State lawmakers approve last bills as 2023 legislative session comes to close

Florida lawmakers will approve the last bills of the 2023 legislative session Friday after spending months debating over what to make into laws. 

Just some of the bills heading to Governor Ron DeSantis include those related to schools, immigration, prescription drugs and the transgender community.

"Normally, the last week of session, it’s frantic. I’m on the phone haggling. We’re not having to do that. We’re all on the same page. Everything’s kind of been locked and loaded, and it’s just bringing everything in for a nice smooth landing," said Governor Ron DeSantis, R-Florida.

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On Friday lawmakers passed later start times for high school students, pushing back to 8:30 a.m. by 2026. The bill would also prevent middle schools from beginning the instructional day earlier than 8 a.m.

File: Florida legislature

File: Florida legislature 

Faster changes are on the books for immigration.

"We’ve got a huge bill coming to my desk to crack down on illegal immigration, and that’s really, I think, setting the standard for many places in this country as well," said DeSantis.

Part of the immigration bill requires employers to verify the status of new employees and mandates hospitals to ask patients about their legal status.

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"There are a lot of mixed emotions, because nobody knows what is going to happen. Nobody knows how it’s going to be implemented. That’s the problem," said Ana Lamb, a community activist for immigrants in Hillsborough County.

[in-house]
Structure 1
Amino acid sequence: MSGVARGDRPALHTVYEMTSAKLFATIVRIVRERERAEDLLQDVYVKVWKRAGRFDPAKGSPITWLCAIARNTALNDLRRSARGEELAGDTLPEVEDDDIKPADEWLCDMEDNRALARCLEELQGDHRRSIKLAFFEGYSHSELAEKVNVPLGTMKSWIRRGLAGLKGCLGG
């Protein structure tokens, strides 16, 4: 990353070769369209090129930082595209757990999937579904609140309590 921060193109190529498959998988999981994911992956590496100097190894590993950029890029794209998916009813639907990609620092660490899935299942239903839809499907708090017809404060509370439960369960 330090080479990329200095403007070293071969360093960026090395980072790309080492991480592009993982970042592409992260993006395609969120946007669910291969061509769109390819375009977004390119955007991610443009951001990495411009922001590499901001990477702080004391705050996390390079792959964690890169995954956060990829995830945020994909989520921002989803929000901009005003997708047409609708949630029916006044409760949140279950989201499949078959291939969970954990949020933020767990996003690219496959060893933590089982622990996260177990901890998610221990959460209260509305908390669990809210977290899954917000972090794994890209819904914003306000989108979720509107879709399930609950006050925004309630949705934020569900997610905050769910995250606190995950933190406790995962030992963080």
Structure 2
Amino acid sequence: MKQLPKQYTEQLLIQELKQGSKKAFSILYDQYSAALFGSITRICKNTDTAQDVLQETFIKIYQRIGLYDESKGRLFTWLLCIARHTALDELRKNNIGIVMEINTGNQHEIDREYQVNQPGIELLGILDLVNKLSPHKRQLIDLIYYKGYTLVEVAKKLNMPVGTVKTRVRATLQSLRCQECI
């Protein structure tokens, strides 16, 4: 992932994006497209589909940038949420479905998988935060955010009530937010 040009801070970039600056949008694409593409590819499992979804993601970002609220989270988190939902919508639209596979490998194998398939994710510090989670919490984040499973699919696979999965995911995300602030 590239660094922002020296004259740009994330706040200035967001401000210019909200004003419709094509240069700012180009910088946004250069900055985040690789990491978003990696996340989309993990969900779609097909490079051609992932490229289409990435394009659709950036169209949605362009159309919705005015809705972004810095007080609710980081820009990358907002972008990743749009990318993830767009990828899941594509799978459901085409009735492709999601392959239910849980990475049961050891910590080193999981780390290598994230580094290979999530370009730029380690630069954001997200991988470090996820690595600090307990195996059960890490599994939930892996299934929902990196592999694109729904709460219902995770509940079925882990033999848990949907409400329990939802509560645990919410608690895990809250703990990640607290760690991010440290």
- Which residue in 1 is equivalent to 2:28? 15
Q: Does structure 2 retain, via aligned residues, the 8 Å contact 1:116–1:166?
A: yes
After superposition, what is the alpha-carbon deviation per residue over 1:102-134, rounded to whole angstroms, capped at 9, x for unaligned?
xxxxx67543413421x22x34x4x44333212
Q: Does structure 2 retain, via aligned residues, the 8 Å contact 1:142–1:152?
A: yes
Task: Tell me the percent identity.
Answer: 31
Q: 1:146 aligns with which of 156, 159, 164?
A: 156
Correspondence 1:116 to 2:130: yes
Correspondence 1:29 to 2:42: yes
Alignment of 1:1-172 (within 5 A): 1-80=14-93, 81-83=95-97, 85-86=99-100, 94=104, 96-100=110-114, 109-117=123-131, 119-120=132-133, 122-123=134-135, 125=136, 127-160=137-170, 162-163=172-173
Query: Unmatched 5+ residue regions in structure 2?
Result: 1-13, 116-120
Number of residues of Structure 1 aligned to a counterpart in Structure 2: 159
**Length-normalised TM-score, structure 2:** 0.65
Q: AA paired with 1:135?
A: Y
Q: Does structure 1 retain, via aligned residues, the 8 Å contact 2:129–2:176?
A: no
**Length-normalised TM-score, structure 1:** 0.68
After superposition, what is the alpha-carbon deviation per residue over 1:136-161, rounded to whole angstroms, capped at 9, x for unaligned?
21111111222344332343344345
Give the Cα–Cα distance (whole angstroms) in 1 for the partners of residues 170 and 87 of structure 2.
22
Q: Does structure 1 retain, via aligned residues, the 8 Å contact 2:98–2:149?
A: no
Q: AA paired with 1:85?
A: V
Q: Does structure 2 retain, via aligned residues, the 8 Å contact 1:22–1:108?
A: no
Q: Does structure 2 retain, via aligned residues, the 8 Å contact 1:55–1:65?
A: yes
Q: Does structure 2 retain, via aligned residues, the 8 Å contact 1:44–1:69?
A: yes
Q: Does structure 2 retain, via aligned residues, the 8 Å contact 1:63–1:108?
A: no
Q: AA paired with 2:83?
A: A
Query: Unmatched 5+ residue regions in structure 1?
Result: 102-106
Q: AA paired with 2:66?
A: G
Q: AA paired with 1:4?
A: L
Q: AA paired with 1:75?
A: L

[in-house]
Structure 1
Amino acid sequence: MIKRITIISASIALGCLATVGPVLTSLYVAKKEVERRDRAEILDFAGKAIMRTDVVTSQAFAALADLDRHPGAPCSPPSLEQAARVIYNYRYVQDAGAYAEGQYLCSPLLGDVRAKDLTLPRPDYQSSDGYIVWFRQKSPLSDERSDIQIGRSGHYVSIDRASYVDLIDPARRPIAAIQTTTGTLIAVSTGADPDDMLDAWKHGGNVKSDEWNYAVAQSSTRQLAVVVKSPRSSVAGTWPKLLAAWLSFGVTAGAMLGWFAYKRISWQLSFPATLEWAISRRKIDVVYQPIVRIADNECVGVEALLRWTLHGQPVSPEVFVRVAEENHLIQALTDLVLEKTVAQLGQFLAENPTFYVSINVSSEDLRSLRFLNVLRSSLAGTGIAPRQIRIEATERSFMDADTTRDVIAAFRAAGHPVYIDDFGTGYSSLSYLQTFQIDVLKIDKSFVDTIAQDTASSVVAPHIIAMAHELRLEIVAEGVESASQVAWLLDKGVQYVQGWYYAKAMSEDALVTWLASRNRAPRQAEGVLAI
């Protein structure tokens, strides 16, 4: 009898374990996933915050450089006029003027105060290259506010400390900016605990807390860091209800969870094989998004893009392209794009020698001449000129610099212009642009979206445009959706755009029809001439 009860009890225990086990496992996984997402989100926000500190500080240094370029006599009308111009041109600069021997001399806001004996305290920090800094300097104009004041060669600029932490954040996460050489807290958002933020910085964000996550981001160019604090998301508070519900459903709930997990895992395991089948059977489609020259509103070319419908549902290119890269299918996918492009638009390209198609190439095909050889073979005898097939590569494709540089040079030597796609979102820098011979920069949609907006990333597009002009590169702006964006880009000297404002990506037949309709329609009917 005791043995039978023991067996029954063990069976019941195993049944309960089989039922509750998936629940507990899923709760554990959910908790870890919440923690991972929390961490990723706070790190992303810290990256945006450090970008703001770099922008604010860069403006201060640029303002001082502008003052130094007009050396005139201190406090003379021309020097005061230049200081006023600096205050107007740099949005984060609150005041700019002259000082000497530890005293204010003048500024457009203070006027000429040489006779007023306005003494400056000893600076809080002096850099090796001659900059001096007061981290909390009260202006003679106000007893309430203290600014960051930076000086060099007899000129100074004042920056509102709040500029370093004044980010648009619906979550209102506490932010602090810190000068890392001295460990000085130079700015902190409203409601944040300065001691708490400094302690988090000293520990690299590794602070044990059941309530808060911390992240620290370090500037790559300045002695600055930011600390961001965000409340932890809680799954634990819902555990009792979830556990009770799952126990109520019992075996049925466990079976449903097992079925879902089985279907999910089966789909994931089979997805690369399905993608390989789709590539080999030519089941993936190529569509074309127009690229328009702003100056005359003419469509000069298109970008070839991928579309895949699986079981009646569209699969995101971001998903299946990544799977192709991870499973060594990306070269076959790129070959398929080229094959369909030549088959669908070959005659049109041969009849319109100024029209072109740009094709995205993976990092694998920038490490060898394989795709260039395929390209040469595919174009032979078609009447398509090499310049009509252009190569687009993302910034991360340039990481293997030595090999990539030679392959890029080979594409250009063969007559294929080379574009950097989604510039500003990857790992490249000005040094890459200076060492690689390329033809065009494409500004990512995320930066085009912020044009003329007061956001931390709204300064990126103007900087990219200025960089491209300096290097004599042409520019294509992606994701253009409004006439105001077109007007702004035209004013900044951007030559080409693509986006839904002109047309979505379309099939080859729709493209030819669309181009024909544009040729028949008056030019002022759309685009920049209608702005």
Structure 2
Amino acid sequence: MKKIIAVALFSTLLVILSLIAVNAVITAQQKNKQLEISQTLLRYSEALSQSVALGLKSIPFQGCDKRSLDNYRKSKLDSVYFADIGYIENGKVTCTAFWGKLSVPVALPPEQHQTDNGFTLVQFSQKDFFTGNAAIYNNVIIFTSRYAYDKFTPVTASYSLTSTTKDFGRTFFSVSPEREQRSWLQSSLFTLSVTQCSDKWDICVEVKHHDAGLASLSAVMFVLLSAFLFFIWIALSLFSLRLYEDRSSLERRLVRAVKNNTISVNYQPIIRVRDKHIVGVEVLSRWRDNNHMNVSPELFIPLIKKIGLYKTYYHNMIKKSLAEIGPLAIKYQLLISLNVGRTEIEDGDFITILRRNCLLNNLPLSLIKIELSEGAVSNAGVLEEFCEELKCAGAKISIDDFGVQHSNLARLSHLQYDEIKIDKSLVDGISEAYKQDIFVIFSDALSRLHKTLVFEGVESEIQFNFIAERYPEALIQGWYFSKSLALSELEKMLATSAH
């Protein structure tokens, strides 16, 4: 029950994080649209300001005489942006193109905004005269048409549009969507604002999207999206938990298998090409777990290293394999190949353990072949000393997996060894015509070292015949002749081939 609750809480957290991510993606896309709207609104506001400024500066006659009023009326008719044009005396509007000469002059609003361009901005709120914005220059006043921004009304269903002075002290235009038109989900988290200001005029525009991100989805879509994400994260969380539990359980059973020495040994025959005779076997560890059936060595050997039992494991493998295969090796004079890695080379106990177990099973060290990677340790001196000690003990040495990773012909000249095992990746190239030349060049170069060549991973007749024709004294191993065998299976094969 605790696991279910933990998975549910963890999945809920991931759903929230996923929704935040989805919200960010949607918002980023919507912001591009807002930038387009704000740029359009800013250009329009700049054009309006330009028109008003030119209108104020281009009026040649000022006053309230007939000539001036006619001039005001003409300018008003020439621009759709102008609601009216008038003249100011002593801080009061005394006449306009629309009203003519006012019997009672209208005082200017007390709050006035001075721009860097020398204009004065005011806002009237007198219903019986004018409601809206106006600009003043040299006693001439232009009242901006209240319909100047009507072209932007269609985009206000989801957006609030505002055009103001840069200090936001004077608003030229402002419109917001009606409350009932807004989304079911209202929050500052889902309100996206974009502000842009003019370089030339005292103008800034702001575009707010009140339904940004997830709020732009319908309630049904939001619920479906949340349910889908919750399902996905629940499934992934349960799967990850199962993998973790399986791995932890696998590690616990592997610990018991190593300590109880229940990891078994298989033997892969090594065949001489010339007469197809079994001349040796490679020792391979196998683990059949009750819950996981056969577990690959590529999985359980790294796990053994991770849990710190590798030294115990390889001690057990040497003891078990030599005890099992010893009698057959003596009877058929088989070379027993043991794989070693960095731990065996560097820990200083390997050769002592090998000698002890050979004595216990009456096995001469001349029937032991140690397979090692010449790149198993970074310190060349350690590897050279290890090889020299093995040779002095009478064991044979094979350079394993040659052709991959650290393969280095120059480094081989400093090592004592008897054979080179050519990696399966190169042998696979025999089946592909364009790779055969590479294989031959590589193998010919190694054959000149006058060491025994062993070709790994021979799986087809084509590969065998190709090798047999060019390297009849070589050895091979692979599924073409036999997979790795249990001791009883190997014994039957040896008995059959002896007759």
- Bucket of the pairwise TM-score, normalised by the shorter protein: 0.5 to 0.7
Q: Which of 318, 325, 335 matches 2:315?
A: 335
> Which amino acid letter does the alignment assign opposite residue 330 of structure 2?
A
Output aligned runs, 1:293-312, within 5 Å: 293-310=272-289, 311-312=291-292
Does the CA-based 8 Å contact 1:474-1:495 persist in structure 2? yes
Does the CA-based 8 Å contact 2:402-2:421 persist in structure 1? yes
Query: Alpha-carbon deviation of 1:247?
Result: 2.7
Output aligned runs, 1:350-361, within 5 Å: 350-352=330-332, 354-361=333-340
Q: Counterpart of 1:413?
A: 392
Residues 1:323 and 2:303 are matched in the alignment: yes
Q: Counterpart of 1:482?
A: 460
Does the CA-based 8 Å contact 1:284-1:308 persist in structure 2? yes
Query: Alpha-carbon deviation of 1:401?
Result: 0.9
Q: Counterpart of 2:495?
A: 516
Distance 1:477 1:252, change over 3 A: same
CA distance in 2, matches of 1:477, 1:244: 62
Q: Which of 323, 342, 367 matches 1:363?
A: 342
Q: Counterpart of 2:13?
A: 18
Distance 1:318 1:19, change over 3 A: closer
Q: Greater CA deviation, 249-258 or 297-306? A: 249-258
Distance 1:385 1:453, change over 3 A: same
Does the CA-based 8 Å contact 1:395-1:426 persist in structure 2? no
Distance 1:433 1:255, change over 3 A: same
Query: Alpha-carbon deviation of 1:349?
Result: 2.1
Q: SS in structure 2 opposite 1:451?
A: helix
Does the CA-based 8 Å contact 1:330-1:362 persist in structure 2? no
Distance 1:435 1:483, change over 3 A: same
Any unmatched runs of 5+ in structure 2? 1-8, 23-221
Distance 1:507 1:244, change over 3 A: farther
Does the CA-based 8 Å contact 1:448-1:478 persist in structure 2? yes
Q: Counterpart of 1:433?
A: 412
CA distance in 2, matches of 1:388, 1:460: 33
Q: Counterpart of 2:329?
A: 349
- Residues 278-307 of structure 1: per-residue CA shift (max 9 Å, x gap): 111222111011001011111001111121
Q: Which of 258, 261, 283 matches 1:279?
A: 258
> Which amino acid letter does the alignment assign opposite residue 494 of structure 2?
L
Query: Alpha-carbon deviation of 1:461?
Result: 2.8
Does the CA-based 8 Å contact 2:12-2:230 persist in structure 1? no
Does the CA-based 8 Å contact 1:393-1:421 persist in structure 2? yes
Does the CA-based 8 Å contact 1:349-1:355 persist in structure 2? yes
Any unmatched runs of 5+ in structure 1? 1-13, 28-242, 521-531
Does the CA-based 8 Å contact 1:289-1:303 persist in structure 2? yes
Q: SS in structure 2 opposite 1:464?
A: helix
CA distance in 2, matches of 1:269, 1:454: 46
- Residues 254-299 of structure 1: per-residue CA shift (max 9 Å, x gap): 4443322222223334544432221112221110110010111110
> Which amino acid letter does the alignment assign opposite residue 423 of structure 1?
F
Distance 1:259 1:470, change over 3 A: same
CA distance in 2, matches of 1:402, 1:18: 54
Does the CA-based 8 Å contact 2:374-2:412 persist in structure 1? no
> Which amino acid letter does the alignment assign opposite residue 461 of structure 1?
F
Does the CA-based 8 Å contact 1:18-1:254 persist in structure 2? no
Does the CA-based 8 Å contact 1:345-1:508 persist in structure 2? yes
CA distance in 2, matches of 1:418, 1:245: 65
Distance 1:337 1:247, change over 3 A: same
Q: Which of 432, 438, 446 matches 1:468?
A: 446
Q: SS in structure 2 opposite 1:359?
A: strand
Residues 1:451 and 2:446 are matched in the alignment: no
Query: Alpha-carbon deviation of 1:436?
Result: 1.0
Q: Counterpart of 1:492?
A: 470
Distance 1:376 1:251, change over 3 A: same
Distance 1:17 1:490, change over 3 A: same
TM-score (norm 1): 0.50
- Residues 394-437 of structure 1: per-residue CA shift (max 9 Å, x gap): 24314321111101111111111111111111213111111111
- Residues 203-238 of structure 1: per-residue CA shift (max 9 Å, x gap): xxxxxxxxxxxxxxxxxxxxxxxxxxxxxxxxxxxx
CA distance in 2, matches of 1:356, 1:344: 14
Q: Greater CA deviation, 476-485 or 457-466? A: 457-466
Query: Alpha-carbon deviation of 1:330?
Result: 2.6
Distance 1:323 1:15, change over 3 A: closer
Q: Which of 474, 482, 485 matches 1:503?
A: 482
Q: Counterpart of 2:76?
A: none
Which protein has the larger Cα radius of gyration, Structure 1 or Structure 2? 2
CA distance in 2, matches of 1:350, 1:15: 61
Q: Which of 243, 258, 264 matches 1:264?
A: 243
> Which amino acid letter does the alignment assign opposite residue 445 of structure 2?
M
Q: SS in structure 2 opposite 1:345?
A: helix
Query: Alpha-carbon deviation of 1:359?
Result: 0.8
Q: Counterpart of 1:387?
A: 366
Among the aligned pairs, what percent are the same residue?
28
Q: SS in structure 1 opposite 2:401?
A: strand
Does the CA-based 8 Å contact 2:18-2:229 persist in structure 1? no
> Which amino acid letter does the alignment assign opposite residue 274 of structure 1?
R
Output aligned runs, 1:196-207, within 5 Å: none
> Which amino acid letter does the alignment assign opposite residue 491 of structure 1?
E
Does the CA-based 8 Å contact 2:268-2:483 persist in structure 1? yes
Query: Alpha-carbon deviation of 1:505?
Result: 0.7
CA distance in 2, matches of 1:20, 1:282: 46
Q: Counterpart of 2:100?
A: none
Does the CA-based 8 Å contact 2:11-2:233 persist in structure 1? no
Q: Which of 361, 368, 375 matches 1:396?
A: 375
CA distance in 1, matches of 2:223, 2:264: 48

File: Florida Capitol Building

Lamb said families she’s in touch with are telling their children to be prepared.

"This is not just about politics. This is about real life. People are going to be affected even emotionally. Right now, some people are leaving the state," said Lamb.

The legislature also approved bills affecting transgender people, such as restricting pronoun use in schools, bathroom use in government buildings and schools, and changing healthcare rules.

Florida Capitol Building

LGBTQ advocates said the bills will force some families to decide whether to leave the state.

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"We're talking about young people whose doctors will face prison time for offering them medically necessary care that is supported by every major medical organization in this country," said Brandon Wolf, the press secretary for Equality Florida.

File: Florida legislator

File: Florida legislators

Then there’s big pharma with a new law, aiming to empower consumers. 

"Yesterday, we were able to sign legislation to bring transparency to this prescription drug racket and especially these pharmacy benefit managers. They’re middlemen, and they really cause the costs to go up," said DeSantis.

On Friday, lawmakers are expected to approve tax breaks for shoppers along with the state’s budget. The tax package would expand tax holidays and get more breaks on things like back-to-school and hurricane supplies.